Finding your preferred method of studying involves trial by error. Here are a few we have found useful:
1. Choose a seat closer to the front of the class; it is easier to pay attention and ask questions.
2. Your brain organizes things at night, try to study earlier in the day and review before you sleep.
3. If you need to miss a class due to illness or other engagements, contact the professor before class.
4. When using your computer, save often and on a disk or jump drive.
5. Attend class review sessions, even if you think you do not have questions.
6. Don’t burn yourself out by studying in large time blocks, take breaks when needed.
7. Test yourself - make up, or have a friend make up, a practice test to make sure you know the material.
8. Plan ahead for midterms and finals to avoid cramming for multiple tests the night before.
Looking for a great place to study or just simply need to research for a class?
There are six different libraries on campus that offer quiet nooks for studying. Just because they are subject-specific doesn’t mean they are exclusive. Check them all out to see which one you prefer. When visiting the Law Library, be respectful of the law students, who have first priority. Explore and discover the many resources available at your fingertips, including wonderful, quiet nooks to study.
15th Ave. & Kincaid
*This website is a great general research tool.
Architecture and Allied Arts (AAA) Library
200 Lawrence Hall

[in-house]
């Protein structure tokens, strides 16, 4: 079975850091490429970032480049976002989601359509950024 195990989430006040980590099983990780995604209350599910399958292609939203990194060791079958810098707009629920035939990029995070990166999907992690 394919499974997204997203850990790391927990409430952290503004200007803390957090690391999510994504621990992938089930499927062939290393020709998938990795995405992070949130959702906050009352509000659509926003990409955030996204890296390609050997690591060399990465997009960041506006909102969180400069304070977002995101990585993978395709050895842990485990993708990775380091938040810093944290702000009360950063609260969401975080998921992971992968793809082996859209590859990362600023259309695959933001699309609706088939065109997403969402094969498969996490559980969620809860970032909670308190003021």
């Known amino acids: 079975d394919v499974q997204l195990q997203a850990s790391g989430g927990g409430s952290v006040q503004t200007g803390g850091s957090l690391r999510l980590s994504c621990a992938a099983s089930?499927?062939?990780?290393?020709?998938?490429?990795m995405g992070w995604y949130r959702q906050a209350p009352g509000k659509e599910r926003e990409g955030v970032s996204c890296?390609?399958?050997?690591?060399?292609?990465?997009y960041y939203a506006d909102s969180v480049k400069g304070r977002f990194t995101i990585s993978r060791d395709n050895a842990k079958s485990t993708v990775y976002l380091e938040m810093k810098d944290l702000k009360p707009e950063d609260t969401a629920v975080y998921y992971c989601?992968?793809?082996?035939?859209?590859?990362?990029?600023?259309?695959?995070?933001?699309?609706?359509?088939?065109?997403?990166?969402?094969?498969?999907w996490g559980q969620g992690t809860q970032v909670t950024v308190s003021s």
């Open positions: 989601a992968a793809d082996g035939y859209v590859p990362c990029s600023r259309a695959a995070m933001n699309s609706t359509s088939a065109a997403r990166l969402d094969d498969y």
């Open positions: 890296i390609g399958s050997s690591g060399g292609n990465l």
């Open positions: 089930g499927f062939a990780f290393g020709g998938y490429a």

Allan Price Science Commons and Research Library
Lokey Science Complex - Onyx Bridge, Lower Level
210 Fenton Hall
270 Knight Law Center
Global Scholars Hall Library
1710 E. 15th Avenue
If you enjoy a good cup of coffee or a snack while you weed through your notes, the newly remodeled EMU is right up your alley. Willamette Hall is a nice alternative to the libraries, residence halls, or coffee shops. Hidden within are tables and nooks perfect for reading a book or relaxing with a cup of coffee from the Jaqua Center.
Resources that will save you time and headaches:
- If you find yourself struggling on a class assignment, want to learn how to take better notes, or need help with time management, the Teaching and Learning Center (TLC) can help. TLC provides free learning support and special programs, tutoring in many university courses, workshops on time management, and several other services. TLC is located in 68 PLC –346-3226.
- Staying on top of your University and major credit requirements is a science in itself, so make sure to schedule at least one appointment with Academic Advising every term. Advisers can help you understand your requirements, set schedules, and talk about your academic goals. In addition, if you find yourself with three or more finals on the same day, they may be able to help you reschedule one. Academic Advising is located in 364 Oregon Hall –346-3211.
- Finding a social network that shares your interests is especially important in being academically successful. The Center for Multicultural Academic Excellence (CMAE) works on connecting people from all groups and parts of campus to provide students with a social network that encourages their academic enrichment. They offer volunteer and research opportunities, as well as a series of programs dedicated towards the academic enrichment and inclusion of all students
- Have questions about the course material you are studying? Visit your professors during office hours. Professors are incredible resources and want to help you succeed. Don’t be too afraid ask questions; in fact, it is a good idea to have some questions prepared when you visit. Other knowledgeable resources are the Graduate Teaching Fellows (GTFs) who may be your class instructors or discussion/lab leaders.
- Finally, if you are in a FIG, your FA is well equipped to assist you with study habits and peer advising. They also know how to get you to the resources you need on campus.